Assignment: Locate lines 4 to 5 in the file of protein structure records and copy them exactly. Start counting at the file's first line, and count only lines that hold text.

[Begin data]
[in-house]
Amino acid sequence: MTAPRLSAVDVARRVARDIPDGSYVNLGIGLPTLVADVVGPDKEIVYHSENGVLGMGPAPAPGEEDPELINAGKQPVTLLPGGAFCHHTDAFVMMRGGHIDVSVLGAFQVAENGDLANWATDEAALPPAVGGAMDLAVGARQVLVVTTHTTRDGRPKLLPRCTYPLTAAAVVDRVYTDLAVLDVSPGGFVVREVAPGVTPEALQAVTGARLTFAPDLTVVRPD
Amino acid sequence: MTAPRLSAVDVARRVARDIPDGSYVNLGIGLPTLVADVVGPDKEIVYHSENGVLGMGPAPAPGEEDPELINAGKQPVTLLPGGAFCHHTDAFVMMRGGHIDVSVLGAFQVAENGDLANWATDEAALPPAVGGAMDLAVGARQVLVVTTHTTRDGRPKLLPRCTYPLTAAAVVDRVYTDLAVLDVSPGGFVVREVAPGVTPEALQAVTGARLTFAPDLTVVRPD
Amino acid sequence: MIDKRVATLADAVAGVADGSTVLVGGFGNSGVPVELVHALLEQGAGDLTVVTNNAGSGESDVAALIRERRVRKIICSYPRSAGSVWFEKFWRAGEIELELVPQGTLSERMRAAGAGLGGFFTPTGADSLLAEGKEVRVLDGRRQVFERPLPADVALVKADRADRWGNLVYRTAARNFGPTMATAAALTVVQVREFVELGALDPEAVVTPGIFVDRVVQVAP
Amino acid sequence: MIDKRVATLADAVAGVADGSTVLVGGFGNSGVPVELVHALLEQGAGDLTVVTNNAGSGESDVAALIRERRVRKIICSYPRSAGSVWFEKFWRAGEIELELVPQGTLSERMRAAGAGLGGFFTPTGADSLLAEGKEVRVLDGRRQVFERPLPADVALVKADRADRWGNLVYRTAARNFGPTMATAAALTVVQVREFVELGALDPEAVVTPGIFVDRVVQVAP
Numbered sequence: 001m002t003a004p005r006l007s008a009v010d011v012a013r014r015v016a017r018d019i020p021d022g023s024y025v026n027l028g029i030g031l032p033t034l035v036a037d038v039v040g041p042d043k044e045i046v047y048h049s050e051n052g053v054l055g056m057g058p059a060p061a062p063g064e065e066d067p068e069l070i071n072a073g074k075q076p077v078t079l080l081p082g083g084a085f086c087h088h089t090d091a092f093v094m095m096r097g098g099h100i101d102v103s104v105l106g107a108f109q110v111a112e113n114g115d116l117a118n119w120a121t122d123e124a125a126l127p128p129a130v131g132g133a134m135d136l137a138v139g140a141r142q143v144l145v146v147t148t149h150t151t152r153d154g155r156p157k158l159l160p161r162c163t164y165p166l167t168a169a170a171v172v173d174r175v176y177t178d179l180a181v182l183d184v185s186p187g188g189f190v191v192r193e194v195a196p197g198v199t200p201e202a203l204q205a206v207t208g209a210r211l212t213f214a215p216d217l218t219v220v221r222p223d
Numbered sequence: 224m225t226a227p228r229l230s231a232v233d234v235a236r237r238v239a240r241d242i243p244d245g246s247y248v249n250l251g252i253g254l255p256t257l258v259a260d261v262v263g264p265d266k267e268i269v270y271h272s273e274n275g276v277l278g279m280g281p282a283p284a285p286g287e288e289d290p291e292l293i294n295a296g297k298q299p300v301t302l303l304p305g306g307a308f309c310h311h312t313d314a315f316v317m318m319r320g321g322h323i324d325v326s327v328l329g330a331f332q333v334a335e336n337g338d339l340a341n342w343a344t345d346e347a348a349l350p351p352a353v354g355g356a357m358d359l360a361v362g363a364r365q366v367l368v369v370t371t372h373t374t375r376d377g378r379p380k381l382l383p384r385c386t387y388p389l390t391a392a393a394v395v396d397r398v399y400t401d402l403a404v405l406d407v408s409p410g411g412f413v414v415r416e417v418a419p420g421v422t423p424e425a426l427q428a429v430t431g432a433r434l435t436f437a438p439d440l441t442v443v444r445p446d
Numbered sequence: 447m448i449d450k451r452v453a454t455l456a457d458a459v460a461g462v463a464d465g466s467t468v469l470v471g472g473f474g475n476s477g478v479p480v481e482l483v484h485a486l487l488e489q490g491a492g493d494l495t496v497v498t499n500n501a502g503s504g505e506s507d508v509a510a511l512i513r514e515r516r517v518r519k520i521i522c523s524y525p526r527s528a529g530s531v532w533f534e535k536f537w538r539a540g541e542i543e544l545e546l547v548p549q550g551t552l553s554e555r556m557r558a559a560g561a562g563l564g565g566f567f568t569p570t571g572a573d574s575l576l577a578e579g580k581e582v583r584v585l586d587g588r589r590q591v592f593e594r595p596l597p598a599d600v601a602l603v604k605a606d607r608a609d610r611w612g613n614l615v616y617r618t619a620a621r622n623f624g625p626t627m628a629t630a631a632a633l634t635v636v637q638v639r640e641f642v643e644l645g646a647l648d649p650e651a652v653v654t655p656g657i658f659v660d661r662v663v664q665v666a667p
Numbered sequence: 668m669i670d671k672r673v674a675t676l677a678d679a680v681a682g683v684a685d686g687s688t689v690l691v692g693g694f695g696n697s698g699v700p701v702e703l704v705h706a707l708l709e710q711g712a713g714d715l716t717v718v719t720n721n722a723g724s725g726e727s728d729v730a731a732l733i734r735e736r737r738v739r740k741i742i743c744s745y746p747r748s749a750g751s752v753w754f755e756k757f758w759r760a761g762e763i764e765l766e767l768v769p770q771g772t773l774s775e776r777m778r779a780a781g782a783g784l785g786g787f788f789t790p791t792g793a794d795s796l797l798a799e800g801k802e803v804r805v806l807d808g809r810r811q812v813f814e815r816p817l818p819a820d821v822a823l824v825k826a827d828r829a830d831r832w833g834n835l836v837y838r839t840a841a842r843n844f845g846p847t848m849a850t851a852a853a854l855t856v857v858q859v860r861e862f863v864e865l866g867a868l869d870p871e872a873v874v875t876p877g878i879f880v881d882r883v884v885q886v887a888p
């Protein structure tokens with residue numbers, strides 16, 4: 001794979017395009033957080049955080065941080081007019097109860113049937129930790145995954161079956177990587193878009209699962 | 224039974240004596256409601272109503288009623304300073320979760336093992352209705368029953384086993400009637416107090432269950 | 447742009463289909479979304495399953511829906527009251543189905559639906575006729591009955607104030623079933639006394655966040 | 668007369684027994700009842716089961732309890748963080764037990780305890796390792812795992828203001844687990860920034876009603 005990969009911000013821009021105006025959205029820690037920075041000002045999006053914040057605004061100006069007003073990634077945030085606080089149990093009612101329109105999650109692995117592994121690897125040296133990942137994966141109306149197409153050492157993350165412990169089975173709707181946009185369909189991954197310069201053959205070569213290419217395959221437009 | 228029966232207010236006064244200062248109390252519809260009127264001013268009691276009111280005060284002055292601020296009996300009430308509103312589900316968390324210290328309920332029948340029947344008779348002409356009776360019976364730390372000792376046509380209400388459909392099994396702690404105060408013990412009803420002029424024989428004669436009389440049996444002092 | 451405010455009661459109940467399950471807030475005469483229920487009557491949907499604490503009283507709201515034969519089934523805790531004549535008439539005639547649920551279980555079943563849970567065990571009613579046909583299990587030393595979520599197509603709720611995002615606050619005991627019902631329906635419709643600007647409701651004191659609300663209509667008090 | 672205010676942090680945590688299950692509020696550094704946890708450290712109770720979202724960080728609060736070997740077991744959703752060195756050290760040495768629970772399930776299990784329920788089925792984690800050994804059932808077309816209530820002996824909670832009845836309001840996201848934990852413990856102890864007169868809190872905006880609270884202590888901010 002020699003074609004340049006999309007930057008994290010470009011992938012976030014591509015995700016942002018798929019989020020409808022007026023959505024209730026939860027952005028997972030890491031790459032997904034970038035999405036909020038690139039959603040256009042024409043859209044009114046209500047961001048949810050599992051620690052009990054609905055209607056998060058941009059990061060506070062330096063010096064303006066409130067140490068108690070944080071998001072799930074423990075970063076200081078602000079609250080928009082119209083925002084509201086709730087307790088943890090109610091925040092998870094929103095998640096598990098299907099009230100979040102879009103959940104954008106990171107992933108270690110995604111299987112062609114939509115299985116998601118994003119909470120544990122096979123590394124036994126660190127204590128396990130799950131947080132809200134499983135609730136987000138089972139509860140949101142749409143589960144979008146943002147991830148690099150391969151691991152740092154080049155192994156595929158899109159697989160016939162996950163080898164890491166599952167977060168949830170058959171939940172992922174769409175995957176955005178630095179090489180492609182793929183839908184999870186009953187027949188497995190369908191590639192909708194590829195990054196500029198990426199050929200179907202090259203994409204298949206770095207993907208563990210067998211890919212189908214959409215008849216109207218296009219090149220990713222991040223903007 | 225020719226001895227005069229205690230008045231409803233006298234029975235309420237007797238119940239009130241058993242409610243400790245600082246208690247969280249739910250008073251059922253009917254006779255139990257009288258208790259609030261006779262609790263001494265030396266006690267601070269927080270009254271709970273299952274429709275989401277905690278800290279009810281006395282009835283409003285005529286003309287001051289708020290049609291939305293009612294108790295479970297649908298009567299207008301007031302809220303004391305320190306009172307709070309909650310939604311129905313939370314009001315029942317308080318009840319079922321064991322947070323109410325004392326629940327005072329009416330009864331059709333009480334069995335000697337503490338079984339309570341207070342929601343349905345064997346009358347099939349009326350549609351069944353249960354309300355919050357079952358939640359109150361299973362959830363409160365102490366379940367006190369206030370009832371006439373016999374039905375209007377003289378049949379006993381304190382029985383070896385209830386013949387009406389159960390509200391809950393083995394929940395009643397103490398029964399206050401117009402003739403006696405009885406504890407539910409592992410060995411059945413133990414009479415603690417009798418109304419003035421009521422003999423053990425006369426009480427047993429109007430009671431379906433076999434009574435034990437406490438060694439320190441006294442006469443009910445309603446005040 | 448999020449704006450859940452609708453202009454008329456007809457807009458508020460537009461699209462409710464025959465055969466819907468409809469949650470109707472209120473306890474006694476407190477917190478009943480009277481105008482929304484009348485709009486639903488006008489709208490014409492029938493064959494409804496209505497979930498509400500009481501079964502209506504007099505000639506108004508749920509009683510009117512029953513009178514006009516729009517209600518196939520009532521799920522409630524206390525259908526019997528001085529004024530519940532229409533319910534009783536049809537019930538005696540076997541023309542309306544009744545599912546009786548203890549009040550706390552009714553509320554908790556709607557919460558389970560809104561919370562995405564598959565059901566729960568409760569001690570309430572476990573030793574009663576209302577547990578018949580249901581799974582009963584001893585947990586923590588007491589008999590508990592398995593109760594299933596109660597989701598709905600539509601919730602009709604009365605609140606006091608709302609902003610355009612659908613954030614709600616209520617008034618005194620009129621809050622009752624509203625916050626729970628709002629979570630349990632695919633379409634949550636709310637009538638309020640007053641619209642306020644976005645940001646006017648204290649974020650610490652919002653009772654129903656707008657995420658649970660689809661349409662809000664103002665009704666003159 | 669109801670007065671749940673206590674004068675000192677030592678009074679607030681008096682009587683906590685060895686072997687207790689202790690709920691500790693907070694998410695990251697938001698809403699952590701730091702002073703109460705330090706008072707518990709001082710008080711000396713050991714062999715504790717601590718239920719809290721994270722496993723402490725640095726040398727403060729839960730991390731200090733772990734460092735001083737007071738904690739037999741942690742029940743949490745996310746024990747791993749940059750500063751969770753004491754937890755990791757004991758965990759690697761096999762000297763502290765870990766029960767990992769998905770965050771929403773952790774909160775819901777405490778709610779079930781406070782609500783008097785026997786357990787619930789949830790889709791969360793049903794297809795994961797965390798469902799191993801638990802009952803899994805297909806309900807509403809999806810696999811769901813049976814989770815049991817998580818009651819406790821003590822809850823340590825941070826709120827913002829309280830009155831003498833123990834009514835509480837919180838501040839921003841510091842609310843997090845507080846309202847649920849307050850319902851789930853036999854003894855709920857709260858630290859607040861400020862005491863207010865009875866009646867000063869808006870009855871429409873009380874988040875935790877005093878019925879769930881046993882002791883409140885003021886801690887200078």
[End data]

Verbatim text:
Amino acid sequence: MIDKRVATLADAVAGVADGSTVLVGGFGNSGVPVELVHALLEQGAGDLTVVTNNAGSGESDVAALIRERRVRKIICSYPRSAGSVWFEKFWRAGEIELELVPQGTLSERMRAAGAGLGGFFTPTGADSLLAEGKEVRVLDGRRQVFERPLPADVALVKADRADRWGNLVYRTAARNFGPTMATAAALTVVQVREFVELGALDPEAVVTPGIFVDRVVQVAP
Amino acid sequence: MIDKRVATLADAVAGVADGSTVLVGGFGNSGVPVELVHALLEQGAGDLTVVTNNAGSGESDVAALIRERRVRKIICSYPRSAGSVWFEKFWRAGEIELELVPQGTLSERMRAAGAGLGGFFTPTGADSLLAEGKEVRVLDGRRQVFERPLPADVALVKADRADRWGNLVYRTAARNFGPTMATAAALTVVQVREFVELGALDPEAVVTPGIFVDRVVQVAP